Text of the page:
Gains in Muscular Strength Are Maintained Eight Weeks After Strength Training Ends in Elderly

By Ty Sevin, Aug 31, 2021

< Back to Benefits of Strength Training on Strength and Power Gains in Older Adults

J. T. Lemmer, B.L. Tracy, D.E. Hurlbut, G.F. Mare(, E.J. Metter, J.L. Fozard, J.L. Fleg, & B.F. Hurley, FACSM. Univ. of Maryland & NIA, Ger. Res. Ctr, College Park & Baltimore, MD (Sponsor: B.F. Hurley, FACSM).


To determine whether strength gains achieved from strength training are maintained 8 weeks after the completion of training, 11 women and 11 men ranging in age from 65-7 4 were studied before and after a 9 week heavy strength training program. 1 repetition maximum tests and peak torque of the knee extensors were measured on each leg before training (1 leg was designated as the untrained control). These measures were also taken within 48 hours after the last training session and again 8 weeks later. The Keiser K-300 Leg Extension machine was used for the 1 repetition maximum tests and training.


A small increase was observed in the untrained leg due to what is called "cross-educational effects". Significant increases were observed in the trained leg in both men and women. These gains were maintained 8 weeks after the end of the training program for both women and men. Similar findings from the peak torque test reinforced the findings for maintenance of strength gains.


Short term heavy strength training can lead to significant strength gains that can last at least 8 weeks after the completion of training. This has implications for those who are involved in strength training on a sporadic basis. A substantial break in the training program does not result in a loss of the substantial strength gains.

Keiser Equipment Used

Leg extension machine.

Published in Medicine and Science in Sport and Exercise; Vol.29, No. 5 Supplement, Thursday, May 29, 1993.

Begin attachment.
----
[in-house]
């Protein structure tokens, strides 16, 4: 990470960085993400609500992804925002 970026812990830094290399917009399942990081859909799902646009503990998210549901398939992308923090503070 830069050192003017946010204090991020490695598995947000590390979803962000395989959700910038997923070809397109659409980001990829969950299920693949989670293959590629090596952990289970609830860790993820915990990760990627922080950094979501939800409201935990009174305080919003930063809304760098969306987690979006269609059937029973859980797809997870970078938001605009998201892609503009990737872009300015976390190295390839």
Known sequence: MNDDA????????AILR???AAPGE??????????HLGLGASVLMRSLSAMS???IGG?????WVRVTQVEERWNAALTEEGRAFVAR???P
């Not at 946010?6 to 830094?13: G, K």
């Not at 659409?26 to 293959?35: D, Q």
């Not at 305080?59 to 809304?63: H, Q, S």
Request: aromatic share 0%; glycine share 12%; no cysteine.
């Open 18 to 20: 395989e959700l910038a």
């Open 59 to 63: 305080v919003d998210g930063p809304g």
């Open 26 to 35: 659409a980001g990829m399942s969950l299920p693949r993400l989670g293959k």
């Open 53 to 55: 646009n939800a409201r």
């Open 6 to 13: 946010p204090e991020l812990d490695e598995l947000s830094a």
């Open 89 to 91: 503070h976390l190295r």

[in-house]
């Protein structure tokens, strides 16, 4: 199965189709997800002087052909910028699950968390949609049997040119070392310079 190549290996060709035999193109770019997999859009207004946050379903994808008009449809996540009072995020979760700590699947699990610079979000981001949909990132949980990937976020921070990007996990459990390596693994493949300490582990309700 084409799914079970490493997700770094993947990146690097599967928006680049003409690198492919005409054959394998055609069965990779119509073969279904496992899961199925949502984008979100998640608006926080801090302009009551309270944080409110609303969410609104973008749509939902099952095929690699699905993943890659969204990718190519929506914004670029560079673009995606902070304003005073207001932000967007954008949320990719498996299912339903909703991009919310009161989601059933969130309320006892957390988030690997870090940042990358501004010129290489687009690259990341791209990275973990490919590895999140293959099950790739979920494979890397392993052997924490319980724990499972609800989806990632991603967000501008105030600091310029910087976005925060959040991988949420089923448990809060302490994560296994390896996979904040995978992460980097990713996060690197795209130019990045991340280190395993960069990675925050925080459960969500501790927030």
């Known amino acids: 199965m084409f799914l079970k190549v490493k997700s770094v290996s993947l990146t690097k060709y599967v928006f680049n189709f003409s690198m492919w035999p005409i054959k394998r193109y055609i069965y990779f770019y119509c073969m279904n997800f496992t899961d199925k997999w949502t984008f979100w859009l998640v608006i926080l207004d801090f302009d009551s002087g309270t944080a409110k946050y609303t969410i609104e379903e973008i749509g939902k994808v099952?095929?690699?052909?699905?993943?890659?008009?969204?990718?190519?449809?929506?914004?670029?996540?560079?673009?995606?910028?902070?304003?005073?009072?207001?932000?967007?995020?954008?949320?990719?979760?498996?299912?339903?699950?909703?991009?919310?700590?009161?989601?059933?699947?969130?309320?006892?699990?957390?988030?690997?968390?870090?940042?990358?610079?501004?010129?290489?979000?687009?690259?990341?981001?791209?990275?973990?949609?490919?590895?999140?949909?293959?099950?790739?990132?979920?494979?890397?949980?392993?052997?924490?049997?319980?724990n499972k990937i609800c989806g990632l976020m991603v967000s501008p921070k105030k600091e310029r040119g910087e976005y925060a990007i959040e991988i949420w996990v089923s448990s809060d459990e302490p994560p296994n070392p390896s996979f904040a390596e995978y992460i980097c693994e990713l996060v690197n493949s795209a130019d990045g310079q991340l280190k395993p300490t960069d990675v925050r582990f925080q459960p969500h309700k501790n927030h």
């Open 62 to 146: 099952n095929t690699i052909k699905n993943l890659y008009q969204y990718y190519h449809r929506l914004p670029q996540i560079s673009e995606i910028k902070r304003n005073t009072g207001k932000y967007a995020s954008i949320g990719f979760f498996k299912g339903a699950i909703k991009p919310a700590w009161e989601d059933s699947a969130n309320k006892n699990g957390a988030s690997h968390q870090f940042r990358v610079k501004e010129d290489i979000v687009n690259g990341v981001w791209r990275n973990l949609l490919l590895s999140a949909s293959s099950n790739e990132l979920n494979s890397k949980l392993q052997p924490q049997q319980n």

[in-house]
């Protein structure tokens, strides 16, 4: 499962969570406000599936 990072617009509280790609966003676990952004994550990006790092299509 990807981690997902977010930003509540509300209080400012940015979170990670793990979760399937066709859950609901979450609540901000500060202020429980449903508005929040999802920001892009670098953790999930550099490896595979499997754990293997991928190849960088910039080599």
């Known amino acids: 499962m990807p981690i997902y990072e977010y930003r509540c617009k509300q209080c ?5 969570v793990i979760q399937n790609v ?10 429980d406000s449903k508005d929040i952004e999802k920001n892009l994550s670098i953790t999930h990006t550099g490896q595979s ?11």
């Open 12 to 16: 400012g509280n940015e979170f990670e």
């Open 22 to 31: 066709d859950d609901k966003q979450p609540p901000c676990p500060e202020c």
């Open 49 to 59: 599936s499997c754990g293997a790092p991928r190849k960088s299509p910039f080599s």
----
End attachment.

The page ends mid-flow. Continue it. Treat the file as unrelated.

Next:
About the author

Ty Sevin

Director of Human Performance, Education and Research

Articles by Ty Sevin >

With over 25 years of coaching experience at both the collegiate and Olympic levels, Ty Sevin is one of the most influential track and field coaches in the country. Ty has worked for the United States Olympic Committee, serving as the Director of the Track and Field Residency Program at the USOC Olympic Training Center in Chula Vista, CA. He has also served as an assistant coach for Team USA on three separate occasions, for both the men’s and women’s teams. Ty himself was a four-time U.S. Olympics Trials qualifier in javelin. Ty most recently spent four years as the Associate Head Coach at the University of Texas at Austin for both the men’s and women’s track and field teams. Prior to that, he led the men’s and women’s track and cross-country teams at the University of New Orleans and McNeese State.

Currently, Ty applies his vast industry experience to the role of Director of Human Performance, Research and Education for Keiser Corporation, where he consults with college and professional sports teams regarding the utilization of Keiser strength equipment. He is also responsible for creating educational curriculum relating to human performance and overseeing Keiser research projects